Hillforts after 300 BC

Text by Barry Cunliffe

The story of the late phase of Danebury Ring, though obscure in points of detail, is well established in outline and can act as a guide to the interpretation of other sites in the region. In the immediate neighbourhood it seems that the forts at Figsbury, Quarley and possibly Bury Hill were abandoned sometime around 300 BC, leaving Danebury as the only fortified enclosure on the downland block between the Test and the Bourne. Woolbury, too, seems to have remained largely unoccupied, though a few pits were dug in the interior.

A similar picture can be traced elsewhere in southern Britain and is particularly clear along the downs east of the Itchen where each area of chalkland, isolated by river valleys, seems to have been dominated at this time by a single hillfort: St Catherine’s Hill, OldWinchester Hill, Torberry, Trundle, Cissbury, Devil’s Dyke and Caburn. A similar situation can be traced over much of Wessex.

Wherever there has been sufficient excavation it can usually be shown that the hillforts that survived – known as ‘developed hillforts’ – grew out of existing settlements or enclosures. This rise to dominance of selected sites must reflect a significant, and apparently quite rapid, change in the socio-political structure – it looks very much as though there was a sudden coalescence of power in the hands of a smaller number of communities.

At Danebury Ring, as already noted, the new defensive line followed exactly that of the original circuit and this probably happened in the majority of cases, but some forts were greatly extended at this time. A prime example is Maiden Castle where the fort was more than doubled in area when the fortifications were thrust eastwards to embrace the crest of an adjacent hill. At Hambledon Hill, overlooking the Stour Valley, at least two successive enlargements can be traced by a careful study of the existing earthworks, even though the site has not been excavated, while at Yarnbury (Wiltshire), excavation has shown that the original circuit was totally abandoned and a new system of defences built outside it to enclose a much larger area.

Wherever it is possible to check the date of these reorganisations they seem to coincide with a development in pottery styles equivalent to the transition between the middle and late periods at Danebury Ring. They are likely, therefore, to be of approximately the same date but it is impossible to say how sudden this change was and we must allow that the evolution from densely scattered early hillforts to more widely spaced, developed hillforts may have taken anything up to a century to complete. The archaeological data, at present available, do not allow greater precision.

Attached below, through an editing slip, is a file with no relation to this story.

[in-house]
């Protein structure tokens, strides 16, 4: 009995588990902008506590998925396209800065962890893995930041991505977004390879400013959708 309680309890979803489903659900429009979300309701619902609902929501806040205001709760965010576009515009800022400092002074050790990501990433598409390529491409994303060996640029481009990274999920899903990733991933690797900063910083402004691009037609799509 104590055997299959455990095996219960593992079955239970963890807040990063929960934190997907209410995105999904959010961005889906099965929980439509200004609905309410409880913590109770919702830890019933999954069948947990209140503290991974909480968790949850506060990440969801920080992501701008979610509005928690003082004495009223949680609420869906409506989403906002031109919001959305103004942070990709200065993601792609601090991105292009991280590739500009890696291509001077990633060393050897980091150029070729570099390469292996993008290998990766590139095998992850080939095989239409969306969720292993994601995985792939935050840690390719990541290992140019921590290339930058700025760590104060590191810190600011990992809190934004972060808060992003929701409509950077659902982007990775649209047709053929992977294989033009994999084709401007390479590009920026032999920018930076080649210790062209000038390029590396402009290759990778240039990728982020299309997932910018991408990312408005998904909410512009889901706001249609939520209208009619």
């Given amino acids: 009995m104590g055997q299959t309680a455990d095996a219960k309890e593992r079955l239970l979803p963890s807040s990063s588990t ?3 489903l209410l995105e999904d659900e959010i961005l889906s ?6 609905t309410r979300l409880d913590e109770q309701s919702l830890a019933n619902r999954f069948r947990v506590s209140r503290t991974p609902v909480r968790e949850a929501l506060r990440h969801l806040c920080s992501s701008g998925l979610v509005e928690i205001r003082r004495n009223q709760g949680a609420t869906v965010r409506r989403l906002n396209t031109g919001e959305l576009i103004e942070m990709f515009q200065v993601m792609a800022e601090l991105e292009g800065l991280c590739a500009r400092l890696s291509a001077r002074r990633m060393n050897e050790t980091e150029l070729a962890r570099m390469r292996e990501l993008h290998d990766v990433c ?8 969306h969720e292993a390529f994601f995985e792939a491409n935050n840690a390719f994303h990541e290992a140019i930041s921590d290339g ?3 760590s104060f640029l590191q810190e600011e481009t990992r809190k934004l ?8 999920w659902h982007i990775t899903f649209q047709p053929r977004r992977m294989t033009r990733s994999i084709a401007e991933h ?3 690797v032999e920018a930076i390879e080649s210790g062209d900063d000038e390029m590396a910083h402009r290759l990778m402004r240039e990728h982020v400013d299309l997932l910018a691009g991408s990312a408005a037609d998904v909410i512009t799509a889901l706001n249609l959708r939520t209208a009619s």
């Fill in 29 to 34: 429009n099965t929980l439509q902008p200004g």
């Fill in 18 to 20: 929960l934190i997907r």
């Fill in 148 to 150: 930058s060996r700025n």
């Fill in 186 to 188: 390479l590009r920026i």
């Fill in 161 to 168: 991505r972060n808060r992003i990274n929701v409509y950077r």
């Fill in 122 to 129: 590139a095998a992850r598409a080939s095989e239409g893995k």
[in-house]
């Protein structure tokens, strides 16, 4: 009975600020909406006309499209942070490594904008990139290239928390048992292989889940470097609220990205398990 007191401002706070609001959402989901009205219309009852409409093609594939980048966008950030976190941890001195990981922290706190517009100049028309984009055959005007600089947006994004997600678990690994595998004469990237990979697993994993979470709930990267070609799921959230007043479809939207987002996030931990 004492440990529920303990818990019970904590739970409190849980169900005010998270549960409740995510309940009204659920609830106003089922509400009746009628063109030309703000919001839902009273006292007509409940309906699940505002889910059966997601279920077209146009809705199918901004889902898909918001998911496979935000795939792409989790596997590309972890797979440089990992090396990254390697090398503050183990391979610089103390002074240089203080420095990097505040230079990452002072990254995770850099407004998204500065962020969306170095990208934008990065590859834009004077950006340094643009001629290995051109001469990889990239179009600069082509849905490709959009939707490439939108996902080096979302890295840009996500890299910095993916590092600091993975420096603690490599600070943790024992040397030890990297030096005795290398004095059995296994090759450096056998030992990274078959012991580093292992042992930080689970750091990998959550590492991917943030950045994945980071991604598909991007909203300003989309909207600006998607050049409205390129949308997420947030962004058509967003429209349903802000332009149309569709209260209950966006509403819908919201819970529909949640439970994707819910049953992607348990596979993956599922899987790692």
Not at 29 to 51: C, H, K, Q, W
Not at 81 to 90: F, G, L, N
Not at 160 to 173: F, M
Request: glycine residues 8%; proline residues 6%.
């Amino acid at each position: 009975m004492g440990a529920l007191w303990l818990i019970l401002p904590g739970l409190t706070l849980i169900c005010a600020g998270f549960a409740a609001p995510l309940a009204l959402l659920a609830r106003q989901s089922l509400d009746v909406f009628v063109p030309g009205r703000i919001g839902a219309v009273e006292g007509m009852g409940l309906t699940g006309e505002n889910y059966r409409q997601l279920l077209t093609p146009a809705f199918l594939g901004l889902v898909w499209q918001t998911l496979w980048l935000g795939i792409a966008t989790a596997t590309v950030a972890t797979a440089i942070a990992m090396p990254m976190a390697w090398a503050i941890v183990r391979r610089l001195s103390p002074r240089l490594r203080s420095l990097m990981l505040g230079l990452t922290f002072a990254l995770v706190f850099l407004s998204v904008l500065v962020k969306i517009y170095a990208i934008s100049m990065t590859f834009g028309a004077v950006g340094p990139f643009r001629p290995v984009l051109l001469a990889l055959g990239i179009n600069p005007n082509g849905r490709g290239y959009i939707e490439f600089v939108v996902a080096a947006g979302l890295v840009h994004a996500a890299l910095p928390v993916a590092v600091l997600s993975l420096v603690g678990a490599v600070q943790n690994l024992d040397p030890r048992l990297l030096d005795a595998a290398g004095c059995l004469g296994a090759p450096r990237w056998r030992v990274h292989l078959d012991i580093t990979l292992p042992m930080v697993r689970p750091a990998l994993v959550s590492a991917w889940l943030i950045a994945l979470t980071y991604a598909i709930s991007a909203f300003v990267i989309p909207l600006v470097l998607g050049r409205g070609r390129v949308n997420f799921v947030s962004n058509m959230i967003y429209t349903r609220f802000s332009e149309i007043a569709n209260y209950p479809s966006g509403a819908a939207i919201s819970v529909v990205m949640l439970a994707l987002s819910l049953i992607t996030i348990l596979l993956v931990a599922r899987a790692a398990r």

The century following 300 BC was, then, a period of dramatic change in Wessex when centres of power were crystallising out, but there is no reason to suppose that they were all of equivalent status, or that the status of each remained static during the next 200 years. A more likely model anticipates a complex situation with some forts pre-eminent and commanding the allegiance of lesser forts but with the patterns of allegiance changing as the fortunes of the major centres rose and fell. It is entirely beyond the limits of the present evidence to discern even the broadest direction of such a dynamic situation but the individual forts which have been excavated show a wide variety of patterns.

At Winklebury (northern Hampshire), although the early fortifications were rebuilt, the community within appears to have remained small and lacked any sign of careful organisation. Danebury, on the other hand, was densely occupied throughout and developed grandiose entrances late in its life, while Maiden Castle grew to colossal proportions with a vastly complex system of multivallate defences and with most unusual double gateways. The three examples are sufficient to demonstrate a range of variation reflecting the very different political positions occupied by these sites in the contemporary settlement hierarchy.

The recent excavations at Bury Hill, only 6km (4 miles) to the north of Danebury have shown that sometime towards the end of the late period of Danebury, probably late in the second century BC or early in the first, the old, long-abandoned fort was suddenly brought back into active use when a smaller circuit was defended by a massive ditch flanked inside and out by substantial ramparts. The style of defence differs from that of traditional hillforts and looks forward to the latest Iron Age fortifications characterised by Suddern Farm.

Inside, occupation was quite intensive and the finds, which include large quantities of horse harness and chariot fittings and an unusually large number of horse bones, strongly suggest an aristocratic warrior settlement. Suddenly then, Danebury Ring, after more than two centuries of dominance, now had to face competition. Who the builders of Bury Hill were and the nature of their relationship with Danebury will never be known, but soon after, the long occupation of Danebury came to an end.

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